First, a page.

I Have to Report a Collision, Don't I?
It's common knowledge that you must report a collision to police if there is death, injury, aggregate damage over $1,000 for motor vehicles, $800 for motorcycles and $100 for cycles. Until the law changes in British Columbia, effective this past July 1, this is no longer the case. Collisions do not have to be reported to police, or anyone else, to fulfill the reporting requirements of the Motor Vehicle Act.
'Amendments to the Act that took effect on July 1 require that reportable collisions be reported in the form established by the superintendent, to the person or public body identified in the regulations for this purpose. There is currently no one identified in the regulations for that purpose! Of course, police are still mandated to attend injury and fatal collisions and may attend property damage collisions depending on local policy and workload.
If they do attend, they must complete a collision report and forward it to ICBC within 10 days of the incident. The names of drivers, registered owners of the vehicles and witnesses along with licence numbers contained in the report may be obtained by anyone involved in the collision on request.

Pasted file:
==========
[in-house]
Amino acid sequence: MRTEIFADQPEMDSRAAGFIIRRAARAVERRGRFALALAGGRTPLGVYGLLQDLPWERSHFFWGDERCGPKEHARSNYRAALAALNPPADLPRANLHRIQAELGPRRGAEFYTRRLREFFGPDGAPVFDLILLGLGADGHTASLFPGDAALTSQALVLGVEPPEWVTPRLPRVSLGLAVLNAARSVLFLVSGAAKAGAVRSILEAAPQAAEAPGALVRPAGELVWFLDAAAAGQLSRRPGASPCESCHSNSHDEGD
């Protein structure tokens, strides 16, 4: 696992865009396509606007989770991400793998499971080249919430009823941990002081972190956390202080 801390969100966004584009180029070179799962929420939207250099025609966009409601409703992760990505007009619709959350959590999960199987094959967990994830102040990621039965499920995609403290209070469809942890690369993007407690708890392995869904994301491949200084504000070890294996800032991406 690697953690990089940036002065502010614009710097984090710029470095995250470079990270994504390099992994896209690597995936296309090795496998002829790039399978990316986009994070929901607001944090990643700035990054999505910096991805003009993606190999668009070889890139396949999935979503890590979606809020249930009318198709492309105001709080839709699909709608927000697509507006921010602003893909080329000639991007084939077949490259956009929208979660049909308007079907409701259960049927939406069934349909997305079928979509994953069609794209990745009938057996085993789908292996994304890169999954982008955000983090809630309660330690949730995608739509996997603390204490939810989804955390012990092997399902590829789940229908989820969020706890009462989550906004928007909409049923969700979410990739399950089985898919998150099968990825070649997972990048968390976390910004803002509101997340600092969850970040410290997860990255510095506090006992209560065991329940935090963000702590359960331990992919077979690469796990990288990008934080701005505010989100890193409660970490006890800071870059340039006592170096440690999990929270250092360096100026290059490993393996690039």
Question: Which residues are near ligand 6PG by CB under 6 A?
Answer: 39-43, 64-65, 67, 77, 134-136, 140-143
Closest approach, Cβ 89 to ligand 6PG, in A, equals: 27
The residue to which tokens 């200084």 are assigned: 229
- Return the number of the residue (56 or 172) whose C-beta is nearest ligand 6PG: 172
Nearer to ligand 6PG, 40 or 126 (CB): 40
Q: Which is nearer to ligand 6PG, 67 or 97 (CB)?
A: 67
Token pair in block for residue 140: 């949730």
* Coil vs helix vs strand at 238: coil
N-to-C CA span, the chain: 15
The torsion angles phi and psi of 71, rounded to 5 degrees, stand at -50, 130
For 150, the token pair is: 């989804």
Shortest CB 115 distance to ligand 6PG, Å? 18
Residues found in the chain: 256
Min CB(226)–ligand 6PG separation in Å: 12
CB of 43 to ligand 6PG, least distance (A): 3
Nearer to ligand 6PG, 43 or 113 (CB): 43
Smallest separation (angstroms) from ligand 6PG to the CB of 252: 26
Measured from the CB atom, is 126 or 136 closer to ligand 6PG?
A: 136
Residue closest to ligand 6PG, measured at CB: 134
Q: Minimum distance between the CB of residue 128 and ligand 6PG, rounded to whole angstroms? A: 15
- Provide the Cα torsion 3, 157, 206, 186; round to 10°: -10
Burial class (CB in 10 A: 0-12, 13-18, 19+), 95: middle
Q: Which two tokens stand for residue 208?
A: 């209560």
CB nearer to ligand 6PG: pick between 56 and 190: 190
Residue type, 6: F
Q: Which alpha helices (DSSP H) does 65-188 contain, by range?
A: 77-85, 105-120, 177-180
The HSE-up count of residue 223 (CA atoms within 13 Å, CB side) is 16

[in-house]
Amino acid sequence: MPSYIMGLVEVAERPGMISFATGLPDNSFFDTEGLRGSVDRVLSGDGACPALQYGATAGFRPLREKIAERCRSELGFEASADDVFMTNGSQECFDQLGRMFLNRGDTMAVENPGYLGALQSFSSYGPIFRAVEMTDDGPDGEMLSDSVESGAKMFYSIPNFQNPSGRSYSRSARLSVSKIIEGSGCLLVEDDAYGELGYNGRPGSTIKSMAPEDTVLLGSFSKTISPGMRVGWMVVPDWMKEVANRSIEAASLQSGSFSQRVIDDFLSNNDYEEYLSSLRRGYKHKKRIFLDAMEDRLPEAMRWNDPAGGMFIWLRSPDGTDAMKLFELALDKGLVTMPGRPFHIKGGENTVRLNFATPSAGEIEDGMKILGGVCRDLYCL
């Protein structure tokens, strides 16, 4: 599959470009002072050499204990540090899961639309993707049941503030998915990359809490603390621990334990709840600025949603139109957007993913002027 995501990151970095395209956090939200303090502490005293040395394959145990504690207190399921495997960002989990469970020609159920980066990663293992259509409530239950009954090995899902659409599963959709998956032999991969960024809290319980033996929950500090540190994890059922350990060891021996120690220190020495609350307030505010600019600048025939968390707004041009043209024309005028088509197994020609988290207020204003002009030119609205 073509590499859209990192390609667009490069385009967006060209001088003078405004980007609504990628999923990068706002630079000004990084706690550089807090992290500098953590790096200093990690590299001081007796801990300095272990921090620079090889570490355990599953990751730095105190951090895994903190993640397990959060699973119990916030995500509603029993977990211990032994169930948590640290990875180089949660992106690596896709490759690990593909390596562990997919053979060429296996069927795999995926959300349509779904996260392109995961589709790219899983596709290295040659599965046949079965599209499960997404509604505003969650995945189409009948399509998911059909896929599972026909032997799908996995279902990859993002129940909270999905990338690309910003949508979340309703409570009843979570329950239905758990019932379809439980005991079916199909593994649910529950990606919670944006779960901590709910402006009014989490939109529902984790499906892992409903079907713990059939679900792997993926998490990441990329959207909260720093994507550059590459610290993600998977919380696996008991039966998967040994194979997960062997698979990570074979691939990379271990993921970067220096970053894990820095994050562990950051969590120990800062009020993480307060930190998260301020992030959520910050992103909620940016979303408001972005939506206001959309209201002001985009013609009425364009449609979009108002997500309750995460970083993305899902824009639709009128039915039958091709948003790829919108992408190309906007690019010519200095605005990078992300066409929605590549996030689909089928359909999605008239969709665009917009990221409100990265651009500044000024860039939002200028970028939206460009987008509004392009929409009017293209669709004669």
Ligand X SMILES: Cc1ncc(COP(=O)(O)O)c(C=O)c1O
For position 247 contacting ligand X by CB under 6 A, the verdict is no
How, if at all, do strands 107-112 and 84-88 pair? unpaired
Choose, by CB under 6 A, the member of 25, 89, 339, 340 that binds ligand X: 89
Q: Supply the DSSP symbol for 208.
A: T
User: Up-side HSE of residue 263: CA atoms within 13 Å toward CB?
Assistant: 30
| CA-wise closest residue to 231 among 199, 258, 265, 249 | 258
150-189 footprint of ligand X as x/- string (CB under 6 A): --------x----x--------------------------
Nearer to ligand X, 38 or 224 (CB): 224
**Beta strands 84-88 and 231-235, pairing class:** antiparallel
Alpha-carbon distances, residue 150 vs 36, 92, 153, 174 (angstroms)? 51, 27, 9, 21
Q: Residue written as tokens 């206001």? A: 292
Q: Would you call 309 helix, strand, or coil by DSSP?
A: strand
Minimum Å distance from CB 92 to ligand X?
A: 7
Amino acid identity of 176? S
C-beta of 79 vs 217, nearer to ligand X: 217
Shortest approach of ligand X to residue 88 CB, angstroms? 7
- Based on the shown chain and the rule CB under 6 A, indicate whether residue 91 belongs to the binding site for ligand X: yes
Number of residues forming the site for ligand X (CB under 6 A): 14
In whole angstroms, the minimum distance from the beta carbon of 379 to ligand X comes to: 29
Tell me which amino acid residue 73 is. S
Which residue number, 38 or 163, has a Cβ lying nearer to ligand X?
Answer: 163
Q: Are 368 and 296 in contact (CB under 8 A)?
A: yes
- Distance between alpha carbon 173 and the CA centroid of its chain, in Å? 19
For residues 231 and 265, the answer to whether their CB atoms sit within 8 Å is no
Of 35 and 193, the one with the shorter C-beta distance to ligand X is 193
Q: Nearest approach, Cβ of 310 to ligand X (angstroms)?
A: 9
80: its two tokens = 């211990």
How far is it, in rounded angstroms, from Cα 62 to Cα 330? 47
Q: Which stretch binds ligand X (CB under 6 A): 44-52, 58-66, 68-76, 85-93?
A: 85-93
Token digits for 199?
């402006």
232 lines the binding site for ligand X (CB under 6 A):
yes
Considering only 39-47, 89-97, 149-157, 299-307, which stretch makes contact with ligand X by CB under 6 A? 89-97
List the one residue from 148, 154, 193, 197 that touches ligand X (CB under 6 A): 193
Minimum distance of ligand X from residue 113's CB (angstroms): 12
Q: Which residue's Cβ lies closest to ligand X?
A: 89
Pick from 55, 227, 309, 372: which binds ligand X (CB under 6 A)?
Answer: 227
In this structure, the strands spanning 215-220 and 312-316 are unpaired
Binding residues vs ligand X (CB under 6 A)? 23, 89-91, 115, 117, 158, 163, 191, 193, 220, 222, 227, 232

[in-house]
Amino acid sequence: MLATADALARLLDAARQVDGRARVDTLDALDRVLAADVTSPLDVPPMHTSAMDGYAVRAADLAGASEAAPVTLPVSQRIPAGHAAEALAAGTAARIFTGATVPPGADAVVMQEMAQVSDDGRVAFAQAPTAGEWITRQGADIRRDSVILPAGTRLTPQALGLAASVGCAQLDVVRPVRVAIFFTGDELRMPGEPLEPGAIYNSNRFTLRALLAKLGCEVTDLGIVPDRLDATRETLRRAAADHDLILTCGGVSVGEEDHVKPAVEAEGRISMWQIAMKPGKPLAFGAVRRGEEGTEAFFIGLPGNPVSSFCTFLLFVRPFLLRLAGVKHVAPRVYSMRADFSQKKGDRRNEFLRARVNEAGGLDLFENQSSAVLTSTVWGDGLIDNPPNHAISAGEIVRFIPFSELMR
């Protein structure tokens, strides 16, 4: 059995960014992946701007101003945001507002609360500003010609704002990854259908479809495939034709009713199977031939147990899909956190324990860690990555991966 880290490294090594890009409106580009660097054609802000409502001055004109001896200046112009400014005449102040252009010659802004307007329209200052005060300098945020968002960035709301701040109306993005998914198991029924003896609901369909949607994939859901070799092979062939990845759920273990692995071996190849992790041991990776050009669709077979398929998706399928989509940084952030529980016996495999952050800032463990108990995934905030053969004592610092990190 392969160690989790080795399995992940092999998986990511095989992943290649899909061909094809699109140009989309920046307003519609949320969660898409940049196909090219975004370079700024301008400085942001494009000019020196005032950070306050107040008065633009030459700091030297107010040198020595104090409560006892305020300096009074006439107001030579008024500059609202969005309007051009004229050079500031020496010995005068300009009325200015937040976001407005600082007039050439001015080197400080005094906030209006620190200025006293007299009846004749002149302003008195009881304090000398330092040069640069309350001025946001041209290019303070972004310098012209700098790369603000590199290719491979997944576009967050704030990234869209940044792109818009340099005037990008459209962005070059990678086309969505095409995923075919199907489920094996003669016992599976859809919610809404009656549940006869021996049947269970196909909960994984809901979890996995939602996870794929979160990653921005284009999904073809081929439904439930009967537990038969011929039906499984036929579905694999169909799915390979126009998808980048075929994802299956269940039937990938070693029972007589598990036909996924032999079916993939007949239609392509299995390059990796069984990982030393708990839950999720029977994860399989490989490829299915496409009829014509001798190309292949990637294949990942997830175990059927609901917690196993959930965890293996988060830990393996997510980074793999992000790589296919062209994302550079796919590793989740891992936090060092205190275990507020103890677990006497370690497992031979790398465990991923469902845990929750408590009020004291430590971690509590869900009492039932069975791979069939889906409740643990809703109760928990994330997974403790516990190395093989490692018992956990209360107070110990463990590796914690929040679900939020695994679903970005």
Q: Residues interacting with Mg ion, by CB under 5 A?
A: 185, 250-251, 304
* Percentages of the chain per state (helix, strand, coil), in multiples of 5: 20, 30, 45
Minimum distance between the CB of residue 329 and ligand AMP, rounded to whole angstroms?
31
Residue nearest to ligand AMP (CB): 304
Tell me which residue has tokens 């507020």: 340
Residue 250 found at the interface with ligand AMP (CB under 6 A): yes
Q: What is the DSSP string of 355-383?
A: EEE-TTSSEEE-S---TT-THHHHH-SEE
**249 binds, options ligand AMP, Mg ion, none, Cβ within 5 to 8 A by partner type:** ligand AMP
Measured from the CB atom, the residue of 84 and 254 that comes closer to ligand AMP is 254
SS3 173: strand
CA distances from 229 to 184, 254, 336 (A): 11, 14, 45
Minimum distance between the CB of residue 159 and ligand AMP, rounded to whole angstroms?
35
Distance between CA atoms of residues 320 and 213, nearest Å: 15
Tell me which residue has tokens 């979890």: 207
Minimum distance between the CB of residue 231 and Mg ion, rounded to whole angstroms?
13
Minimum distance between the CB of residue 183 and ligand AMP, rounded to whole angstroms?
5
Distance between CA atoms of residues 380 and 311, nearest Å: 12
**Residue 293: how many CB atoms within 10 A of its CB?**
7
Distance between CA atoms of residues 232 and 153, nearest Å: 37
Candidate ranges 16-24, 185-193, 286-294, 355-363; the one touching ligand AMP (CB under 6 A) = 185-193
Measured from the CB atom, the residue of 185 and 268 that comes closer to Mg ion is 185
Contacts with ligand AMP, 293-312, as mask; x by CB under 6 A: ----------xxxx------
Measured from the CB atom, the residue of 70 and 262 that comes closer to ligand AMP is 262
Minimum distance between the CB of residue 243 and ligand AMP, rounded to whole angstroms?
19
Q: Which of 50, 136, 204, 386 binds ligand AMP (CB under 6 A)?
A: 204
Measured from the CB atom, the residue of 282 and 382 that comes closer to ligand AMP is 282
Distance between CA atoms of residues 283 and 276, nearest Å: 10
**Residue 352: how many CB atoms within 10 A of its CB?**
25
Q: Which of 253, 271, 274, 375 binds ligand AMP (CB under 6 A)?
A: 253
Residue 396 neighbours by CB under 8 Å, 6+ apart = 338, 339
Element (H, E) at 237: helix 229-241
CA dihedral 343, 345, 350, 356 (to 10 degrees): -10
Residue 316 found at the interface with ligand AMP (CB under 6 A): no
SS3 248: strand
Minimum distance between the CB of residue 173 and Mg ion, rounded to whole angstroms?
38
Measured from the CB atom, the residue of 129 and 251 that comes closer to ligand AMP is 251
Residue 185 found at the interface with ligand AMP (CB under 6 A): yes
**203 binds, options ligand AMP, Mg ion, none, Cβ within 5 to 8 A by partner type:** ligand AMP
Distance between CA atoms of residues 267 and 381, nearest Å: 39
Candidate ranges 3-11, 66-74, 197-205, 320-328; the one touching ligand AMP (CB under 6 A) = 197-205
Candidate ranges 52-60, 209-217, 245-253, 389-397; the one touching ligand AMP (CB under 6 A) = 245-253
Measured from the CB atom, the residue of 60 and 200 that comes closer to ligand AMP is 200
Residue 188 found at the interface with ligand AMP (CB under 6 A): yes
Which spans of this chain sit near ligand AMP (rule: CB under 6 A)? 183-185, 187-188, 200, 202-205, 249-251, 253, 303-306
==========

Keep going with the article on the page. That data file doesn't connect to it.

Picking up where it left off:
Drivers are no longer required to identify themselves to police investigators. However, they do have to identify themselves to anyone who sustains loss or injury in the collision, or to a witness on request. This identification must be produced in writing and can include their name and address, the name and address of the vehicle owner, the licence number of the vehicle and insurance particulars as demanded by the person making the request.
Despite these changes, one must still follow the contract requirements with their insurer. Failing to advise the insurer of a collision or claim for damages may be a breach of the contract that would have significant financial impact.